Wednesday, January 30, 2013

Never having enough of Sweet and Sara Marshmallows

the little package with the lovely sweets
I tried as much as possible to keep the bowl out of sight
The sponsorship generously offered by Need Sweets is one of the most delicious opportunity I had by far. Don't hurry up to conclude that such a promotional opening line is understandable because they covered me in marshmallows and I lost the journalistic direction.

My version of the truth is that: I love marshmallows - I even considered once to prepare my own marshmallows following a recipe I've seen once - and I have already a good experience of tasting marshmallows and deciding what is like and what not. And Sweet and Sara, vegan, kosher with hechsher the International Kosher Council (I personally do not know too much about them, except that they gave authorization to not a few restaurants in Brooklyn), are delicious. Only thinking about them and my mouth is watering.

Shortly after the marvellous little box arrived at my door - very very fast delivery, by the way - and after I tasted curiously one white delicious marshmallow, my obsession was how to maintain them in my kitchen at least for a short treat in the evening and as part of the rich breakfast in the morning. The recommendation is to consume them within six weeks of purchase.

My first move was to arrange them in a nice bowl and to taste only one of the three types: the white ones (number one favourite), the coconut (number one favourite) ones and those with a delicate jam feeling (favourite as well). Once the tasting and the photo shooting were done, I kept them at the room temperature and tried to have a short sleep before the early morning breakfast.

Sweet childhood memories
The lovely marshmallows offered me the opportunity to turn an old passion from my childhood into reality: cocoa with hot milk sweetened with delicious white marshmallows. I heated 250 ml milk, added one tablespoon cocoa and added two puffy marshmallows. I waited for 10 minutes till the marshmallows started to dissolve into the milk and drunk it slowly slowly. What a pleasure, what a smell in my kitchen, what a special sweetness that did not experience before, as I used to add to the hot cocoa only the classical sugar. With such a fresh start, no wonder that I was able to cope very well with the day. Of course this is not another advertising aimed to end the article gloriously! Who does not need sweets, after all?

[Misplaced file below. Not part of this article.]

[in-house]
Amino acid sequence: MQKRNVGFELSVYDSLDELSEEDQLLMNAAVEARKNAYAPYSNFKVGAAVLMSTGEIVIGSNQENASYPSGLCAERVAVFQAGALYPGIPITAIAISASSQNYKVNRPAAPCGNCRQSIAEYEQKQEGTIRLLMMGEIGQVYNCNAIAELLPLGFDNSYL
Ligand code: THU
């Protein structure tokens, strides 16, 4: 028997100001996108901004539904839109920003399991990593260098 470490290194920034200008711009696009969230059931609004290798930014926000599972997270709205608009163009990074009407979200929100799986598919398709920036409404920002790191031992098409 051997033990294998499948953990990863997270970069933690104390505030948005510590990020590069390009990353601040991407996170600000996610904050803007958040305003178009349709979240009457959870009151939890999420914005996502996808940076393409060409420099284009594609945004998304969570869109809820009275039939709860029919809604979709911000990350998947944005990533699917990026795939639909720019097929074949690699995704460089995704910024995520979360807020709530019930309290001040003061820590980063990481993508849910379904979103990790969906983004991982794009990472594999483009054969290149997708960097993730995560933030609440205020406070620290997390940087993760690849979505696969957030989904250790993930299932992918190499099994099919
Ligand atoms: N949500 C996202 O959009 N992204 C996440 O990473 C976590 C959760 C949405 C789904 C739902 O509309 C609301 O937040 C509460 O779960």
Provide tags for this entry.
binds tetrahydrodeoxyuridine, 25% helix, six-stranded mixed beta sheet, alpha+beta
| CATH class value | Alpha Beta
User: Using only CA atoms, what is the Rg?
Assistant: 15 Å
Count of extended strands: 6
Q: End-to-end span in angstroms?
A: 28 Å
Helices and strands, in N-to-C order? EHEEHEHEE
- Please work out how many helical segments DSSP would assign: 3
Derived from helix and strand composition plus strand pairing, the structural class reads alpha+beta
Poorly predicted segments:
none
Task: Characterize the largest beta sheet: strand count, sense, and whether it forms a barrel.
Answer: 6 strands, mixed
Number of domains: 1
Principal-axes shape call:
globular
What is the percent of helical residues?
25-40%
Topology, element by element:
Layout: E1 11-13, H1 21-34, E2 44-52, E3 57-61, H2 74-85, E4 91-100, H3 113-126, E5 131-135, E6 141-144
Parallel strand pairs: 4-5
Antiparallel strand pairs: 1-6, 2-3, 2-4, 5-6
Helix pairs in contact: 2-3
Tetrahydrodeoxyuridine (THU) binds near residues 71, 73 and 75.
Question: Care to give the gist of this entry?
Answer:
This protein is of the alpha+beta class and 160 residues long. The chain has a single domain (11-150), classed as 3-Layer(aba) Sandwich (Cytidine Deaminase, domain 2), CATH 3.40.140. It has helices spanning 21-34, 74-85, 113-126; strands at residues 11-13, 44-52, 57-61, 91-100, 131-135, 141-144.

The avocado for my hands

If I was able to survive for a couple of months without a proper face cream, when it comes to taking care of my hands, I can hardly live without a good one for more than 24 hours. One of the most serious reasons is that the water in Germany is not too much appreciated by my precious skin and without proper protection I start feeling more and more like a reptile. 

Another secret of mine is that I love avocado almost as much as olive oil. Nothing useful in such a revelation. Long time ago I used to chose the food because of the colour till I noticed that there it is not fashion week of the food. Similarly, there it is not a menu for cosmetics, theoretically. The difference may be that very often many of the good vegetables and fruits can produce beneficial effects to the skin. As someone that fought for a long time with allergies, I can testify this. 

After switching from Nivea products, I've found some consolation in the wonderful recipes of the Sea of Spa cosmetics and for over two years I am regularly using their avocado hand cream. I can't think ever changing it, as my hands look always delicate and velvet-like. There it is not a special smell and the cream is oily but instantly absorbed by the skin. I forget about applying a cream seconds after I used it and this is how I will define an almost perfect hand cream. 

Olive oil on my face

I don't know exactly why for a couple of months I completely neglected taking care of my face. One of the serious reasons was that I was looking for healthy products, but I was also ready to take the challenge of checking out what will happen with my face if I don't use any beauty products at all.

My face did not suffer too much and did not start looking older instantly. But especially after the winter season started I considered that it is about time to get some new products for my precious face. The face, the woman's mirror to the world, or something like that as I was told long ago. 

Because I am in love with the olive oil - in the salad, in the hair and on my face - Florena day cream based on the precious ingredient was the logical choice. It is a bit oily - how else - maybe too greasy, but I feel its protective powers during the day. Since October, applying it on my face early in the morning was introduced on the daily agenda and, as usual, I do not feel the need to change anything. If I remember correctly, I used intensively Nivea for 4 years almost, and Garnier for another 2 and there are many positive signs that my relationship with olive oil day cream will last many years from now. Last but not least, the design of the little box is not bad at all: simple, with an inspiring green that attracts instantly the connoisseurs of everything olive oil related.

Intensive spa solutions

Sometimes, I am very happy to be lucky. My daily life is hectic, the daily agenda is full and obviously, in some cases there are successes, in others failures. Some packages are right in time at my door, others are arriving too late to be a surprise for anyone. However, if one looks at the bright side of life, there it is always enough space for hope and pleasant surprises.